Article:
Leadership prevails

“Leadership and the leader's personal involvement in a project is the  number one predictor of success,” says John Ederer, president of American Data, which makes the ECS Electronic Chart System and Financial System. The ideal project leader has management's support, respect from staff and time to focus on the project, he adds. 

Getting stakeholders involved from the outset is critical to gaining support. 

“How will a new system impact admissions, nursing, wound care, dietary, therapy, activities and physicians?” asks James E. Shearon, clinical operations consultant with Vocollect Healthcare Systems, which makes the AccuNurse voice-activated documentation system. “Even if it's only one or two touch points per functional area, it's worth asking so everyone feels they took part.” 

“Don't underestimate the positive impact of a team approach to implementation,” adds Doron Gutkind, chief software architect for LINTECH, maker of COMET's clinical and financial solutions. “Getting everyone on board from the point of vendor selection all the way through the process—planning, training, going live and post-implementation support—is essential.”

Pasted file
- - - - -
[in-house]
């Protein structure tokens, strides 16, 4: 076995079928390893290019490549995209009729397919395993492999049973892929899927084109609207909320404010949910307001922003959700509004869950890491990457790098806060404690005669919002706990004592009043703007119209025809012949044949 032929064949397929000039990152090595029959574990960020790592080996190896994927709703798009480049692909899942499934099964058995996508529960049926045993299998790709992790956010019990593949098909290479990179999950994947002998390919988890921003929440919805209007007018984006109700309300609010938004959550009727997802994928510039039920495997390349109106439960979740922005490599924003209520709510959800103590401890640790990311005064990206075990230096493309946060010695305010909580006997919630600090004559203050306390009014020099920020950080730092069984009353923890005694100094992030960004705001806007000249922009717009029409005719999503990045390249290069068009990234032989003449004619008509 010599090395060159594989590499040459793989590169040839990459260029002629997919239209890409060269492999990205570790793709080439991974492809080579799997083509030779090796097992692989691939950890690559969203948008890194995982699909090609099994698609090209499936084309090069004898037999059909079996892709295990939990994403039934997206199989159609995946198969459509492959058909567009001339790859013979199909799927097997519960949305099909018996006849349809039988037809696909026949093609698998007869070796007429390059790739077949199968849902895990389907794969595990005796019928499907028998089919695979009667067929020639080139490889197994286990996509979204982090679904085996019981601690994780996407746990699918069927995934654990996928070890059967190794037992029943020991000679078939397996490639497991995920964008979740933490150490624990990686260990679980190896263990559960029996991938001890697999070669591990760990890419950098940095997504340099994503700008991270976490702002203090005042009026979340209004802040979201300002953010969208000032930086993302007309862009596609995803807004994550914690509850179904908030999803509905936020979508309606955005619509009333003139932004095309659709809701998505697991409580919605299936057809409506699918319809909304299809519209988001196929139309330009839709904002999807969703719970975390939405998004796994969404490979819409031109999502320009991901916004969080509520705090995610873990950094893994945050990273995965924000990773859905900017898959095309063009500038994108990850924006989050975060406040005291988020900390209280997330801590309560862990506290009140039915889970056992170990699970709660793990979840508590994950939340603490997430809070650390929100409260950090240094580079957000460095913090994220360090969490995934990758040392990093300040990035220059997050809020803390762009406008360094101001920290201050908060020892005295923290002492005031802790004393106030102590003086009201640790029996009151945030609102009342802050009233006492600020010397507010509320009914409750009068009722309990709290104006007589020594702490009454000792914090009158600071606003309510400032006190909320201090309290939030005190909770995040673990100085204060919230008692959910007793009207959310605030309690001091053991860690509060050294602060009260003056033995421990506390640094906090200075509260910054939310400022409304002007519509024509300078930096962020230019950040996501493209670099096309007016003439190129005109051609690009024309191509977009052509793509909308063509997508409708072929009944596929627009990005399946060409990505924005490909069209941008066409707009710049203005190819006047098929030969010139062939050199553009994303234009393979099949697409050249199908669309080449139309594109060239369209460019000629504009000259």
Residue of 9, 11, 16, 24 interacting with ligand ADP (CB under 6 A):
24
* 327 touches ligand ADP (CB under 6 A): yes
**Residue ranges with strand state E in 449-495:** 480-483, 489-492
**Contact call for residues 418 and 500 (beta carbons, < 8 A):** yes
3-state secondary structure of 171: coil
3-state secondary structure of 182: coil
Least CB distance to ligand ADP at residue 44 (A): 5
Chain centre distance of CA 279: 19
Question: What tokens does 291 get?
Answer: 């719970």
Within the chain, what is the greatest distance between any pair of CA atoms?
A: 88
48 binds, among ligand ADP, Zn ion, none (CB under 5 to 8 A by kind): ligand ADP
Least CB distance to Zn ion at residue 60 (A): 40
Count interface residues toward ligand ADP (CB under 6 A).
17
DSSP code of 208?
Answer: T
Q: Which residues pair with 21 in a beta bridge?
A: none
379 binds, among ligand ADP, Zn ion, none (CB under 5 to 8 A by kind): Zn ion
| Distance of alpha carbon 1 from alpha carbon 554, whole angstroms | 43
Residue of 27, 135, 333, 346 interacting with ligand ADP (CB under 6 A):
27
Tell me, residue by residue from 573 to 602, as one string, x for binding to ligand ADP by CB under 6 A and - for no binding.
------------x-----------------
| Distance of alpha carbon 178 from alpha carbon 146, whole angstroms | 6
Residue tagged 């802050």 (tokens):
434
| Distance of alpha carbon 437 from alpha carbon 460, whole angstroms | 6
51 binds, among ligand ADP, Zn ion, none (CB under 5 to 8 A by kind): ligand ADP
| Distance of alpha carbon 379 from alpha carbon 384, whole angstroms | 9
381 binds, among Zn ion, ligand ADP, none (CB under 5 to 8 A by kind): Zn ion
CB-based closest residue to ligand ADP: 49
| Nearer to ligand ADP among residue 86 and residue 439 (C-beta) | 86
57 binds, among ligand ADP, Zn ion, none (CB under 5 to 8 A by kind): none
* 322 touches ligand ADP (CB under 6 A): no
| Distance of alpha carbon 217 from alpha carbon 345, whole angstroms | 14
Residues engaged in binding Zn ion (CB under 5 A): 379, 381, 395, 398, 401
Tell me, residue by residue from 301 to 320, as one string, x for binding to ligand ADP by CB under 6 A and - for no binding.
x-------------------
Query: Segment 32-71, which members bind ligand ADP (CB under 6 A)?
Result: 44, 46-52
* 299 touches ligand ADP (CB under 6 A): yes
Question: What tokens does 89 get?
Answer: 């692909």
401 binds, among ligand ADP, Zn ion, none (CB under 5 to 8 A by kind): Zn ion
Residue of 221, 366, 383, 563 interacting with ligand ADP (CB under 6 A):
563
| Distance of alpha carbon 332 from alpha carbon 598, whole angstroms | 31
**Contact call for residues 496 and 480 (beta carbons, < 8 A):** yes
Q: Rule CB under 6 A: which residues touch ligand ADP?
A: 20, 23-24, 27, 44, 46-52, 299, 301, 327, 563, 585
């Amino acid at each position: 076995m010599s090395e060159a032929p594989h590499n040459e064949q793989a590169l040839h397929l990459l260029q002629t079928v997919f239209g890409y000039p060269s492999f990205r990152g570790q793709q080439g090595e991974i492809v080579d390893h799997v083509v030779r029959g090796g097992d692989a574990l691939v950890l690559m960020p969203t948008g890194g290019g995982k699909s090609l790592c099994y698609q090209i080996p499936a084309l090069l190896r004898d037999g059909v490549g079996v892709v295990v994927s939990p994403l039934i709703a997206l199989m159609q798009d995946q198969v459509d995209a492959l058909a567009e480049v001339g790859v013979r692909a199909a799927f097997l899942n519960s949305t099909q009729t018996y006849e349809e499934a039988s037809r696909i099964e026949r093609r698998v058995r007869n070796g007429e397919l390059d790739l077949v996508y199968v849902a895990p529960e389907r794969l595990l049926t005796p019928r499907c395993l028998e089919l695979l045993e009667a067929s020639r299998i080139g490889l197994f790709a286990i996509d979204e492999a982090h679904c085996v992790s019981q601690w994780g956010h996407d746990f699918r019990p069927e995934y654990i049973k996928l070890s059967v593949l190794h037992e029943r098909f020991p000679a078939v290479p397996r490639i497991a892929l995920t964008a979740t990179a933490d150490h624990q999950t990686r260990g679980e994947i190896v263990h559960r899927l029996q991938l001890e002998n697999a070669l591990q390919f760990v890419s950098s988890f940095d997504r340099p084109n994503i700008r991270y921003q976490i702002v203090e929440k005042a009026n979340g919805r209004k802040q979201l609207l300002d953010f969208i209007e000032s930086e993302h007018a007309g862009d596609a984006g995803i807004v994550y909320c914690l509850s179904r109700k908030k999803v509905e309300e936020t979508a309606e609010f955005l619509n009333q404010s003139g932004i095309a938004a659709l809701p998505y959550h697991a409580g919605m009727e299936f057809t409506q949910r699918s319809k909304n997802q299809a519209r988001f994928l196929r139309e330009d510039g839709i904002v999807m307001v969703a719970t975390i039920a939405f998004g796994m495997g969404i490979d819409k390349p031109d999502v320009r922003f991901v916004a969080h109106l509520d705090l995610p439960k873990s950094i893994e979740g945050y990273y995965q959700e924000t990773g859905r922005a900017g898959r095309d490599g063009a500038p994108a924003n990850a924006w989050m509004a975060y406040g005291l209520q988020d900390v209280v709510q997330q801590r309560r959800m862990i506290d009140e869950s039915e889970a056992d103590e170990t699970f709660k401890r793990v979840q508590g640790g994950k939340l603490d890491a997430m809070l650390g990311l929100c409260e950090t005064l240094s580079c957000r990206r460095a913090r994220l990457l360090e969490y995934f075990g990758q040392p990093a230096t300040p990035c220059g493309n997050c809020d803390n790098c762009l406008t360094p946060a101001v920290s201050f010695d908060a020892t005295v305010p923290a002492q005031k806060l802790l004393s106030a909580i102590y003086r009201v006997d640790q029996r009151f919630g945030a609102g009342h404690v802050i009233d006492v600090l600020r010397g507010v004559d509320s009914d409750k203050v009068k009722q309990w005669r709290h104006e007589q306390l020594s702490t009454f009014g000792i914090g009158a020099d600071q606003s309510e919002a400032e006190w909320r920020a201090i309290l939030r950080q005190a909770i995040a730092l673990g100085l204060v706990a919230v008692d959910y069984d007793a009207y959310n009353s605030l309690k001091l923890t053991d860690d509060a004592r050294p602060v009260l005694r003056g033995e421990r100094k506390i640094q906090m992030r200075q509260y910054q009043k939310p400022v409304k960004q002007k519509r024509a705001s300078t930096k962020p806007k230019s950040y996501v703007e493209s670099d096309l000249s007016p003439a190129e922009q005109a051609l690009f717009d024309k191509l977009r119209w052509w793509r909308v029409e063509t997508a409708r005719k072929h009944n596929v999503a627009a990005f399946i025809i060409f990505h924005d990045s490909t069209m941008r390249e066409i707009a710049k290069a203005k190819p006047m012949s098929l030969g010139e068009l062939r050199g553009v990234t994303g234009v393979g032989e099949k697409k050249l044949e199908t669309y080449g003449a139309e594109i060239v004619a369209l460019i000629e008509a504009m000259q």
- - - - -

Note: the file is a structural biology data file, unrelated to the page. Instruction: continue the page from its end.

Project leaders must clearly define an initiative's goals and evaluate potential solutions accordingly. 
“It's important to match an IT solution's features to the organization's ability to take advantage of those features,” explains Ayman Fadel, owner of RUG Tools, which offers software to support MDS coordinators. “It's better to have a fully functioning Escort than a non-functioning Cadillac.”

Also, consider whether a system allows for an incremental approach, adds David Finkelstein, CEO of 6N Systems, which provides electronic medical records and financial software. For example, with EMRs, facilities should be able to start with a smaller project like automating the clinical chart. Later, they can add efficiencies in the medication ordering process, and ultimately embed workflow and decision-support rules.

“This way, they can get a start on the EMR and realize improved documentation, fewer medication errors, and reduced rehospitalizations over time, instead of having to invest all their IT dollars at once,” Finkelstein says.